And as the years go by and she continues to grow up, I want to be able to look back and cherish the memories that we had together during the various seasons of her childhood.

Kids grow up quickly, be sure to enjoy each phase before it passes!

So, if you have children, be sure to take a little time and think about the experiences you want to do with your kids in the next year or two before that time in their lives passes.

Assessing our goals and living with intentionality is a fundamental aspect of time bucket planning. By carefully evaluating our aspirations and values, we can make conscious decisions about how to allocate our time. Instead of drifting through life, we become active participants, shaping our experiences and maximizing our potential.

Investing in challenging activities and acquiring skills that have a lasting impact is another aspect of time bucket planning.

For instance, learning a new language such as ASL (American Sign Language) early in life can have a powerful long lasting impact on the trajectory of your life. That was certainly our experience. Learning ASL in our 20s eventually led us to adopt new careers and to find work that we find fulfilling, enjoyable, and meaningful. 

To try out the concept of time buckets for yourself, consider doing these 2 things:

  1. Design experiences for different life stages: Create opportunities for meaningful connections and memorable experiences by proactively planning trips, parties, or events with friends and loved ones. Don’t wait for traditional milestones to bring people together.
  2. Optimize the balance between work and personal life: Reflect on your own life and strive to strike a balance between work, leisure, and personal fulfillment. Identify the experiences you want to have in different stages of life and actively make choices that align with your goals and values.

As you consider your own goals and aspirations, think about how you can be intentional in fitting them into your life. Evaluate their significance and the impact they can have. 

By incorporating your goals into specific time buckets, you can allocate the necessary time and resources to pursue them actively. 

Remember, being intentional with your goals not only adds purpose to your life but also opens up new avenues of growth and fulfillment.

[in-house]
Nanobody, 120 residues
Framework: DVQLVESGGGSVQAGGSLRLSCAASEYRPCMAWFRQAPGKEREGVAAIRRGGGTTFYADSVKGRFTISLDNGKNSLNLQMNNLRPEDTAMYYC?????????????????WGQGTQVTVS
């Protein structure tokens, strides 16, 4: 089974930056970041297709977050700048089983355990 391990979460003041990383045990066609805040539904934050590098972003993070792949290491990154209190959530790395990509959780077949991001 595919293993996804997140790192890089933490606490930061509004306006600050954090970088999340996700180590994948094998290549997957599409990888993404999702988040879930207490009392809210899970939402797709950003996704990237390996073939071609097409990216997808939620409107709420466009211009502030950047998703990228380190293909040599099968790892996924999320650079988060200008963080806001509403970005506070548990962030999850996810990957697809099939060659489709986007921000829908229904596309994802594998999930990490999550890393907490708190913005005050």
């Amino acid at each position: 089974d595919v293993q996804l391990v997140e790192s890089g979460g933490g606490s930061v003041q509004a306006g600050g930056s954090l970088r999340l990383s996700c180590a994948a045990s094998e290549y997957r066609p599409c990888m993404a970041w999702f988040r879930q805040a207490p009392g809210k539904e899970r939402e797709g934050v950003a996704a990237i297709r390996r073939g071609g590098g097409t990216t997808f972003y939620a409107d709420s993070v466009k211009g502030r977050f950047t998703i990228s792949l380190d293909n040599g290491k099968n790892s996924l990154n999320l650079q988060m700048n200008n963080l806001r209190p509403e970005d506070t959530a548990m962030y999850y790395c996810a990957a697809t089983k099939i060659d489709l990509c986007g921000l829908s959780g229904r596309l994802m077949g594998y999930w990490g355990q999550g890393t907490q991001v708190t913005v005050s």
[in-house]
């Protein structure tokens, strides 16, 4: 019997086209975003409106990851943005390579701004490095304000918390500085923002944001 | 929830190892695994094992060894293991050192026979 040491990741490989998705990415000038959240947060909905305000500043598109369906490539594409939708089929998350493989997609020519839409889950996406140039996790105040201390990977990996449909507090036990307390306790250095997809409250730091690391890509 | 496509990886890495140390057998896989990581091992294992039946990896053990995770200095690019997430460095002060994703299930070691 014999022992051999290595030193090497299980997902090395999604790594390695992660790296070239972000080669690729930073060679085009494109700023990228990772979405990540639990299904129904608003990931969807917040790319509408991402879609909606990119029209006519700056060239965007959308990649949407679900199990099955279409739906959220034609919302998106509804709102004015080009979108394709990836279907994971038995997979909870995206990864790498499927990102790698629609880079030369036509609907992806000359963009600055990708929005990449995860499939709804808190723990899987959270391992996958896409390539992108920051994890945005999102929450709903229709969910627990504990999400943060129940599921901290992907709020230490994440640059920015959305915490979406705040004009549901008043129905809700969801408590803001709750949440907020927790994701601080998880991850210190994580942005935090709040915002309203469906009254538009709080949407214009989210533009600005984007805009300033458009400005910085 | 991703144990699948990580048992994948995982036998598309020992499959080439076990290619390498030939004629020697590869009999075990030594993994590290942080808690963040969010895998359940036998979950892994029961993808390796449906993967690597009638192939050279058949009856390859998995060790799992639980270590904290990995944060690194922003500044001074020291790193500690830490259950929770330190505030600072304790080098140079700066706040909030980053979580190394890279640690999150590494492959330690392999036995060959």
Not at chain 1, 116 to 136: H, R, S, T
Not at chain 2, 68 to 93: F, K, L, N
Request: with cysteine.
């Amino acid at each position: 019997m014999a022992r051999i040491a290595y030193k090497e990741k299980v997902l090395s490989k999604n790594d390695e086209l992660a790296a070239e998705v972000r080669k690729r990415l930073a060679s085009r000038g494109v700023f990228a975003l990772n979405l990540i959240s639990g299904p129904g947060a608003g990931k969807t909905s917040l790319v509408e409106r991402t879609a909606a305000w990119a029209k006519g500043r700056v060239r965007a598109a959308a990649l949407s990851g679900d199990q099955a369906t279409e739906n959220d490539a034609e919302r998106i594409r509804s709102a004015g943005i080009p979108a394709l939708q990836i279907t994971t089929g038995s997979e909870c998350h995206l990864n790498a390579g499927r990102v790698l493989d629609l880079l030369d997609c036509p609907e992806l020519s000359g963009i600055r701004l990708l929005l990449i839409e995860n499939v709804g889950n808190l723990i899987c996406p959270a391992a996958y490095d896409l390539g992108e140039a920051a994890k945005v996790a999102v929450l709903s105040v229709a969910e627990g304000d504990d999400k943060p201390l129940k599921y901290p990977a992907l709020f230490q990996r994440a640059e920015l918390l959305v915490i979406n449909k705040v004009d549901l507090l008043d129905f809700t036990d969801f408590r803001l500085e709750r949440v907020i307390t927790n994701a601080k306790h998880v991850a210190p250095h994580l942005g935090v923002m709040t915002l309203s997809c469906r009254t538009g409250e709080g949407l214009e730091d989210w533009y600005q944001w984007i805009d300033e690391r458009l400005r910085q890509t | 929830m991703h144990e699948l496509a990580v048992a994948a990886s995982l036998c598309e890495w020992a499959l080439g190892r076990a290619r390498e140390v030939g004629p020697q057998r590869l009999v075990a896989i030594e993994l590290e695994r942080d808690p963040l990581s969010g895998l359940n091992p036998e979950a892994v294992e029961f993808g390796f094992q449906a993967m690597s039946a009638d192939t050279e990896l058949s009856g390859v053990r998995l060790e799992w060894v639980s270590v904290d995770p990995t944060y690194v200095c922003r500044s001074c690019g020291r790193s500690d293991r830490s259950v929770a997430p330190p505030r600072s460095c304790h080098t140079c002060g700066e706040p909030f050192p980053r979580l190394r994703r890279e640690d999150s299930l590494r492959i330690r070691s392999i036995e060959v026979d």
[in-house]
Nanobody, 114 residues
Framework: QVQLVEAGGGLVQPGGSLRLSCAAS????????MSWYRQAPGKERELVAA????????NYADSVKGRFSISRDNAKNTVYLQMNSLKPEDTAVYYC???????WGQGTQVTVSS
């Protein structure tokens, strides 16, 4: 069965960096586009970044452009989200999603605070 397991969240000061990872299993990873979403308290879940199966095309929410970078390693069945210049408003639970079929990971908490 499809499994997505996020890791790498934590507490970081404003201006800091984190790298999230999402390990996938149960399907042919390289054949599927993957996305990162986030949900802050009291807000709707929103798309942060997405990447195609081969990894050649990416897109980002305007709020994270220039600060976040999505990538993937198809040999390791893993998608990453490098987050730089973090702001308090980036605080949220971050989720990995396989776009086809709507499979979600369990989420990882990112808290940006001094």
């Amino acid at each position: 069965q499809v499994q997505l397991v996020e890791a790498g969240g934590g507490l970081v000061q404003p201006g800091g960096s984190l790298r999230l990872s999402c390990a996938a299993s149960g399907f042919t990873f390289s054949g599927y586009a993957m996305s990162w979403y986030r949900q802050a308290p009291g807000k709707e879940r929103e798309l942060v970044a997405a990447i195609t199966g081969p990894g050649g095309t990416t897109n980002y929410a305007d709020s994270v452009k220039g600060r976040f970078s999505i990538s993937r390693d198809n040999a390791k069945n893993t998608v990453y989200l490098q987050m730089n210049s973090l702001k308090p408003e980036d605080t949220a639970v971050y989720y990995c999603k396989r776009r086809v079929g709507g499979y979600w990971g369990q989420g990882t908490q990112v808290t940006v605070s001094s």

So, as you embrace the concept of time buckets and live with intentionality, make sure to consider the importance of aligning your goals with your time allocation. 

By doing so, you can create a life that not only reflects your values but also brings you immense satisfaction and long-term impact.

As we navigate the intricacies of life, the concept of time buckets offers a fresh perspective on how we allocate our most valuable resource: time.

So, let’s live intentionally, forging meaningful connections, pursuing our passions, and creating lives filled with purpose.

📖 Die With Zero: Getting All You Can From Your Money and Your Life
🎧 Interview with Bill Perkins with Peter Attia
🤟 A Guide to Learning ASL: Getting Started

4 thoughts on “Maximize Your Time and Your Life”

  1. Jerry Amair Williams


    1. Thank you for your kinds words, Jerry. It’s been a pleasure getting to know you and work with you over the years, you have added so much value to our group practice sessions as well. Keep up the amazing work!

  2. I like the concept of “time buckets.” I’ve never liked the phrase “bucket list,” which implies you need to rush to reach your hopes and dreams before you “kick the bucket.” What a depressing thought – hurry – death is knocking on the door so you better get going. Better to start early with purpose as you suggest. Great blog.

    1. Thank you for your kind words and feedback. I’m glad you resonate with the idea of time buckets. I agree that bucket list sounds too morbid and stressful. That’s what I liked about the idea of “Time buckets” which are much more about living intentionally and joyfully in the present, while also planning for the future. I appreciate you reading and commenting on the article!